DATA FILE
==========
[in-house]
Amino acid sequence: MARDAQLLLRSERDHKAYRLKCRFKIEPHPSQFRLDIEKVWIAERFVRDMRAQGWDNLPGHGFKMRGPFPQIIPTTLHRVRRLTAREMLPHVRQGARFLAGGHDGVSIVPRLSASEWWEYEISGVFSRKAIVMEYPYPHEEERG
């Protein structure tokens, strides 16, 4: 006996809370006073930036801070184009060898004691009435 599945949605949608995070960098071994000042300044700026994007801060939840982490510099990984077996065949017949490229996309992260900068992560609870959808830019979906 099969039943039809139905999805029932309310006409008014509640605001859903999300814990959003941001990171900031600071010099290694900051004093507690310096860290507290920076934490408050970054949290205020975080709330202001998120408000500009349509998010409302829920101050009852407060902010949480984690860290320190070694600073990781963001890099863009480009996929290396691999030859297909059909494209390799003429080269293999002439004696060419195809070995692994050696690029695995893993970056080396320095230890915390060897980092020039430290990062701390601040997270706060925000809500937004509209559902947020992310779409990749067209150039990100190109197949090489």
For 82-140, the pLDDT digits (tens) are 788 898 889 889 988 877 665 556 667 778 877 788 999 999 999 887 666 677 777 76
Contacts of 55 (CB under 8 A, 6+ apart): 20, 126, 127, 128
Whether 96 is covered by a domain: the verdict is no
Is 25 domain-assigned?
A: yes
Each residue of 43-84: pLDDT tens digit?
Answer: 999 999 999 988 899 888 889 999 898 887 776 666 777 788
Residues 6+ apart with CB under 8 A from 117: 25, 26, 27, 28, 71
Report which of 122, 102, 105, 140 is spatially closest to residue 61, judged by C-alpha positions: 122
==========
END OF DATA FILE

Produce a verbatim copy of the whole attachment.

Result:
[in-house]
Amino acid sequence: MARDAQLLLRSERDHKAYRLKCRFKIEPHPSQFRLDIEKVWIAERFVRDMRAQGWDNLPGHGFKMRGPFPQIIPTTLHRVRRLTAREMLPHVRQGARFLAGGHDGVSIVPRLSASEWWEYEISGVFSRKAIVMEYPYPHEEERG
């Protein structure tokens, strides 16, 4: 006996809370006073930036801070184009060898004691009435 599945949605949608995070960098071994000042300044700026994007801060939840982490510099990984077996065949017949490229996309992260900068992560609870959808830019979906 099969039943039809139905999805029932309310006409008014509640605001859903999300814990959003941001990171900031600071010099290694900051004093507690310096860290507290920076934490408050970054949290205020975080709330202001998120408000500009349509998010409302829920101050009852407060902010949480984690860290320190070694600073990781963001890099863009480009996929290396691999030859297909059909494209390799003429080269293999002439004696060419195809070995692994050696690029695995893993970056080396320095230890915390060897980092020039430290990062701390601040997270706060925000809500937004509209559902947020992310779409990749067209150039990100190109197949090489």
For 82-140, the pLDDT digits (tens) are 788 898 889 889 988 877 665 556 667 778 877 788 999 999 999 887 666 677 777 76
Contacts of 55 (CB under 8 A, 6+ apart): 20, 126, 127, 128
Whether 96 is covered by a domain: the verdict is no
Is 25 domain-assigned?
A: yes
Each residue of 43-84: pLDDT tens digit?
Answer: 999 999 999 988 899 888 889 999 898 887 776 666 777 788
Residues 6+ apart with CB under 8 A from 117: 25, 26, 27, 28, 71
Report which of 122, 102, 105, 140 is spatially closest to residue 61, judged by C-alpha positions: 122